We fared much better at Alabama Shakes, which—again—surprised me. I would have guessed it would have been harder to see Alabama Shakes than Phantogram, given how much Alabama Shakes have been blowing up lately. I first heard Alabama Shakes—then known as The Shakes (they had to change their name due to a potential trademark dispute)—almost exactly a year ago. At that point, they were playing tiny venues to tiny (but growing) audiences. Even then it was obvious that the band would reach a broader audience, although nobody could have predicted their meteoric rise to national prominence. I saw them at The Earl in Atlanta in September of that year, and in the few months since I’d first heard about them, they were already a buzz band. I was impressed that they drew a couple dozen people at the show at The Earl. Of course, almost immediately after the show at The Earl the group rocketed into the stratosphere, where they still reside. My prediction is that Alabama Shakes play the Grammys next year.

Most of the people at the Alabama Shakes show at Bonnaroo were there to witness this band they’d heard about from their friends. Many people in the audience knew the lyrics to the songs, and not just to “Hold On.†The Alabama Shakes are still figuring out their on-stage personas. Their set at Bonnaroo was good, and the group’s songs are great, and the lead singer, Brittany Howard, sings great live, but I still think they need a little bit more on-stage charisma and swagger. Brittany didn’t talk much during the performance. Throughout the festival, I did see several people sporting Alabama Shakes shirts and carrying around Alabama Shakes vinyl. I’m very curious to see what happens to the Alabama Shakes, and especially how they fare on their second record. For now, though, Alabama Shakes is a legitimate band with good songs—they fit right into this classic soul revival thing that’s currently popular. However, to achieve true longevity in this industry, they will need to evolve beyond that genre to remain relevant.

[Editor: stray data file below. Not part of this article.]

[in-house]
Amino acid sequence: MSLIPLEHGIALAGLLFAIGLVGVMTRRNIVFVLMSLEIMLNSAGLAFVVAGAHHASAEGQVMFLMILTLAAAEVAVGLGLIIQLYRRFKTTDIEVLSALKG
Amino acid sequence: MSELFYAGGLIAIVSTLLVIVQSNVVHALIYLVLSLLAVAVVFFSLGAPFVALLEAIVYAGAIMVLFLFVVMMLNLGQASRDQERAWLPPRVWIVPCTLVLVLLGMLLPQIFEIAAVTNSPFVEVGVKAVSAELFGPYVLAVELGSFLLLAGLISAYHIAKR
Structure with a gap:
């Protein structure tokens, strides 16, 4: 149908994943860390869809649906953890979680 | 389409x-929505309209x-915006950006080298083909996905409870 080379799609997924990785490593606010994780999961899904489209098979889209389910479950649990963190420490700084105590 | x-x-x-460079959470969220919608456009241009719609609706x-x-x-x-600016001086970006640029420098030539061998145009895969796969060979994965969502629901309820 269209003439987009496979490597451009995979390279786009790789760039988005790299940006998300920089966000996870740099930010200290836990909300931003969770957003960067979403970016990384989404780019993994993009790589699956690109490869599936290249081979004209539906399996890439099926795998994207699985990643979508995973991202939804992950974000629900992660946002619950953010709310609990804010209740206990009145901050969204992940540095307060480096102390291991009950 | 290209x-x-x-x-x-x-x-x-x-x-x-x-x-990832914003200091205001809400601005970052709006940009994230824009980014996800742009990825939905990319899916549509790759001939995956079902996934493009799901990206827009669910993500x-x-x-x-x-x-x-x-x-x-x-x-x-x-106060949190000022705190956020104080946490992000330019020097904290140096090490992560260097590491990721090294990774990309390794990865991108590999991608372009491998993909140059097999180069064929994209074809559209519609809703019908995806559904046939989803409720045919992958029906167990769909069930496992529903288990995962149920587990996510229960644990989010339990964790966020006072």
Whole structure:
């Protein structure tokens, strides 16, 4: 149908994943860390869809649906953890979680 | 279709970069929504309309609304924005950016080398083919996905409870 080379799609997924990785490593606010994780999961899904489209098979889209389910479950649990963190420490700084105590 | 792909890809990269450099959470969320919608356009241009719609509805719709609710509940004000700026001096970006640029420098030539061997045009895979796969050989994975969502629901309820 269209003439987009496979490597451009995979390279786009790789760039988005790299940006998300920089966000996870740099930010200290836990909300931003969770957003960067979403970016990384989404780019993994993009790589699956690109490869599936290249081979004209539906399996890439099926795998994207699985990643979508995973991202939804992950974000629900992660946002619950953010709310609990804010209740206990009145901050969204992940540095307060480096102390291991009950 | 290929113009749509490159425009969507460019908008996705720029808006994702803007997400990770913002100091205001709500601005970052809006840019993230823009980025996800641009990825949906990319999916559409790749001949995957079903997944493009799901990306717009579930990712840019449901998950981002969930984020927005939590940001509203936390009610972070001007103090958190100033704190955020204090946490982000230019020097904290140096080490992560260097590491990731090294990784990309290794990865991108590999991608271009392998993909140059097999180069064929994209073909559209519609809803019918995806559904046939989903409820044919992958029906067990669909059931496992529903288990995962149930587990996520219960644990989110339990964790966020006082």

Up to this point in the festival, the crowd was pretty much what I expected except more so—a lot of tie-dye, a lot of hula hoops and the constant aroma of high quality weed. The festival ground was immense, replete with food trucks, food booths, merchandize booths, beer tents, water slides, a build-your-own drum tent, yoga center, two Ferris Wheels and lots and lots of glow sticks. I mean, several tons of glow sticks. Really, a trip to Bonnaroo is almost worth it just for the people watching. Bonnaroo is clearly more than a music festival, it’s a full experience. Like summer camp for music (and drug) fans. And everyone appears to be in a good mood. Usually at mammoth festivals, you have fights and people behaving like jerks. Bonnaroo—and this is a credit to the jam band fan mentality—is a friendlier place. Weirdness is embraced. So long as you dig what you’re doing, other people dig it too. Even the guy wearing the pink tutu with his junk hanging out.

By the time we were ready to head back to our meager tent, it was actually quite chilly. Apparently Manchester, Tennessee in June is like the dessert: hot during the day and cold at night. We weren’t really prepared for such cold, but huddled in our tiny tent nonetheless as the sounds of the festival continued outside.

More on Day Two tomorrow.